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Re: [vox-tech] robots and mindstorm
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Re: [vox-tech] robots and mindstorm

it's very cool to see other people are interested in this stuff!

begin David Margolis <margolid@ecs.csus.edu> 
> I own and have read O'Reilly's Unofficial Guide to Lego Mindstorms.  I
> haven't forked over the $200 bucks to get the kit yet, but I saw this book
> on sale for $17 at borders and it looked so neat that I took it home.
> Well I read the whole book in two sittings because it was SO DAMN
> INTERESTING.  The book is very good, and covers Not Quite C along with a
> way to program in (gasp) Visual Basic.

i've played around with a motorola MC68HC.  mostly getting experience
with the assembly language and the feeling of what it's like to be in an
embeded environment.

i bought the robot builder's bonanza from nerdbooks.com (eric's
recommendation) and lucked out on two counts:

1. when i got interested in robotics, my birthday was coming up (sept
12, so about 10 months ago).  managed to talk my mom into getting me
mindstorms for my birthday.
> So here are my reasons for not plunging in.  1. Time 2.  Money 3. I
> don't know how I can hide such fun toy stuff from my 3-year-old in our
> little house.
2. then i _totally_ lucked out.

being the physics department linux expert and one of the better
programmers, i got a great summer gig being a teaching assistant for
gifted high school kids (actually, gifted and rich high school kids.
this program is _very_ expensive!).

the class i teach is "numerical physics" --- using C and C++ to solve
(analytically) unsolvable physics problems.

however, this summer, i'm a teaching assistant for two classes:
numerical physics and robotics.

it's quite cool.  the students learn about robotics using lego
mindstorms with nqc under linux servers.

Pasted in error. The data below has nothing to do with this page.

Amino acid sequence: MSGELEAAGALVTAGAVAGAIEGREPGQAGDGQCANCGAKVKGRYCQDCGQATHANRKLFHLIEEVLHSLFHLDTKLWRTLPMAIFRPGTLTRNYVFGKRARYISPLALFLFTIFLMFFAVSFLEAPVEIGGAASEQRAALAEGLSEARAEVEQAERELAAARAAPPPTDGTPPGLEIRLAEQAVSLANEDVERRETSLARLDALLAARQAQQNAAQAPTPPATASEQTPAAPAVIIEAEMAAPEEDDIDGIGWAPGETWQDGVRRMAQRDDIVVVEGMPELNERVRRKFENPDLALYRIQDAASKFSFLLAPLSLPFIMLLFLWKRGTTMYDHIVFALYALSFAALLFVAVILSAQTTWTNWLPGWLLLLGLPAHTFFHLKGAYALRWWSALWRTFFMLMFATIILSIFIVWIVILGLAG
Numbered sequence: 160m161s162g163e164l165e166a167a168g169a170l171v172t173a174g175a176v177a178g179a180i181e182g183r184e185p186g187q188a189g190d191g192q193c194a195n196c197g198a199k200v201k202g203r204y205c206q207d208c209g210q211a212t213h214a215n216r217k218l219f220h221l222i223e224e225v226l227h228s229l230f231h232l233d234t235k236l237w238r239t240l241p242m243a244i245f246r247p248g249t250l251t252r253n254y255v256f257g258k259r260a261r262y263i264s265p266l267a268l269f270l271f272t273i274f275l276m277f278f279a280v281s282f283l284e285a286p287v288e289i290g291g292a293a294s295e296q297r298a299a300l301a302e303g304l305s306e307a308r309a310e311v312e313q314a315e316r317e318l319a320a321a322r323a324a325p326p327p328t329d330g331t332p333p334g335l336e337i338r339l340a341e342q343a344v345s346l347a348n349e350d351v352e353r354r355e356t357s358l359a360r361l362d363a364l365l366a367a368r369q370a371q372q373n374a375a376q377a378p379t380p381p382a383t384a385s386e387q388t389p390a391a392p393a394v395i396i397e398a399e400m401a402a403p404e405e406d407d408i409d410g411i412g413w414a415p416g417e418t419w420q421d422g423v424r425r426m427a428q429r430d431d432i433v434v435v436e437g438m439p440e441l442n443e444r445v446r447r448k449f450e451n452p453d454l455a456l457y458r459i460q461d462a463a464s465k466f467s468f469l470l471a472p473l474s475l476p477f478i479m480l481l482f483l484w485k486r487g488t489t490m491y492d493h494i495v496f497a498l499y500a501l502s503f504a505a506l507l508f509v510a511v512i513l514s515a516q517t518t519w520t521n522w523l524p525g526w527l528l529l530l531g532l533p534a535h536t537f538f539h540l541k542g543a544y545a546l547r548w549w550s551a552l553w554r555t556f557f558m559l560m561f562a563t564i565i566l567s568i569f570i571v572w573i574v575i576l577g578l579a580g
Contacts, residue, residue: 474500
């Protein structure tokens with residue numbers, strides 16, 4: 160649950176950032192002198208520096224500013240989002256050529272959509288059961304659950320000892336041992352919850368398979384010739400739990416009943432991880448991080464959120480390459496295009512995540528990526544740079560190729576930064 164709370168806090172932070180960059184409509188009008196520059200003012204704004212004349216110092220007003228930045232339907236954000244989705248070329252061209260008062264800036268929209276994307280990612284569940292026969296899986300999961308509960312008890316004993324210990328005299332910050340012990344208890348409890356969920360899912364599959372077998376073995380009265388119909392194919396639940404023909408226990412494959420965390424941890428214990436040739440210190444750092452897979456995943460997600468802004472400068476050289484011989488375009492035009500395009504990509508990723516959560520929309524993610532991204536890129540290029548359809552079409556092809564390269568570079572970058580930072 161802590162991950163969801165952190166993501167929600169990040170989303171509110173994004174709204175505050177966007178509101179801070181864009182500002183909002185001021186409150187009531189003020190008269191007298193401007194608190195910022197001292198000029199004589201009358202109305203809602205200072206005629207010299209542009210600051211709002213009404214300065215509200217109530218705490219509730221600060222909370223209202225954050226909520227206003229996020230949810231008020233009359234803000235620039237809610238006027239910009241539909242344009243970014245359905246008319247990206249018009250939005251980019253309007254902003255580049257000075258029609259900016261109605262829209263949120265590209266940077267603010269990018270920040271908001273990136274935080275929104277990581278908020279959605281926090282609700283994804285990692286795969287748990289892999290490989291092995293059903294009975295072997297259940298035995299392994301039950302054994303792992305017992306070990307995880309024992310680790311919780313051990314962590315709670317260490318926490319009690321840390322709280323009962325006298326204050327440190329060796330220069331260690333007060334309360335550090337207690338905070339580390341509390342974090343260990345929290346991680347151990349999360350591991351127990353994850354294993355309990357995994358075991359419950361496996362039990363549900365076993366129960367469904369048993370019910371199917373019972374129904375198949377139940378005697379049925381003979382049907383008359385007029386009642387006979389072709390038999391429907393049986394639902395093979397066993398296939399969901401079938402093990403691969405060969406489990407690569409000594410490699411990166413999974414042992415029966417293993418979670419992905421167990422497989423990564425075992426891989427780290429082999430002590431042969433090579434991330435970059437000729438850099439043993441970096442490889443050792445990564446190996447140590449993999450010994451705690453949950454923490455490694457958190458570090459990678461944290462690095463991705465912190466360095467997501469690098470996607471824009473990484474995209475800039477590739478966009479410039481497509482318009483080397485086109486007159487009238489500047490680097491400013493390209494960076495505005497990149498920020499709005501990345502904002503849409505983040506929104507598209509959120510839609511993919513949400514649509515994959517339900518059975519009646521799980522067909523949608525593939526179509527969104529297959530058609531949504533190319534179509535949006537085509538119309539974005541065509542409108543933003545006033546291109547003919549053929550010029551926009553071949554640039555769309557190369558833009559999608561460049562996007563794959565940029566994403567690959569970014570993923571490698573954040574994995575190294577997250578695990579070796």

so last night i broke out mindstorms and built myself a roverbot that
uses "legs" to walk around.

i need to read the lego howto to figure out how to download firmware
on the RCX under linux and how i can compile / download nqc programs.

and the awesome part of all this?  i'm getting _PAID_, yes paid, to do

i talk shit about grad school alot, but sometimes, just sometimes, i
have to admit grad school has its virtues.   :-)

> But I'm ready when you guys are.  I think we should have a meeting about
> this topic.
yes.  here are my goals:

1. learn how to make full use of the RCX under linux as quickly as
possible.  i'm thinking this shouldn't take that long.

2. apply what i've learned about the MC68HC and the PIC microcontrollers
to expand my lego stuff.

lego is cool because everything is already cut, measured and fits.  i
think the process of building a robot would be orders of magnitude

> The only Linux downside is I don't know the status of whether or not the
> little infrared beamer (which zaps your code, firmware, or whatever else)
> to the lego _brain_ (RCX).  This infrared device connects to the serial
> port, so it shouldn't be impossible to get working.  I don't remember if
> I've read any linux success stories or not.

looks like mine is USB.   it't very possible that it's a "serial over USB"
kind of thing, like the handspring visor cradle.   after buying 6 AA
batteries (ouch.  they should make a solar cell for this thing) i'll
experiment a bit and report back my results.

> I think it's amazing that this post went out because I was basically on my
> way to buy the set.
cosmic!   :)

> One of the things I want to work with is the audio component.  You can
> program it's little 8-bit sound engine with some cryptic sound language
> that looks kinda like cell phone ring programmable gibberish.  I think it
> would be fun to have it play little songs while it did whatever it was
> doing that you told it to do.
i think an eventual goal is to use lego as the structural component and
a DYI micro controller.  not only would that be a better learning
experience, but the extensibility would be greatly enhanced.

btw, did you know about the sacrobotics user group meeting this

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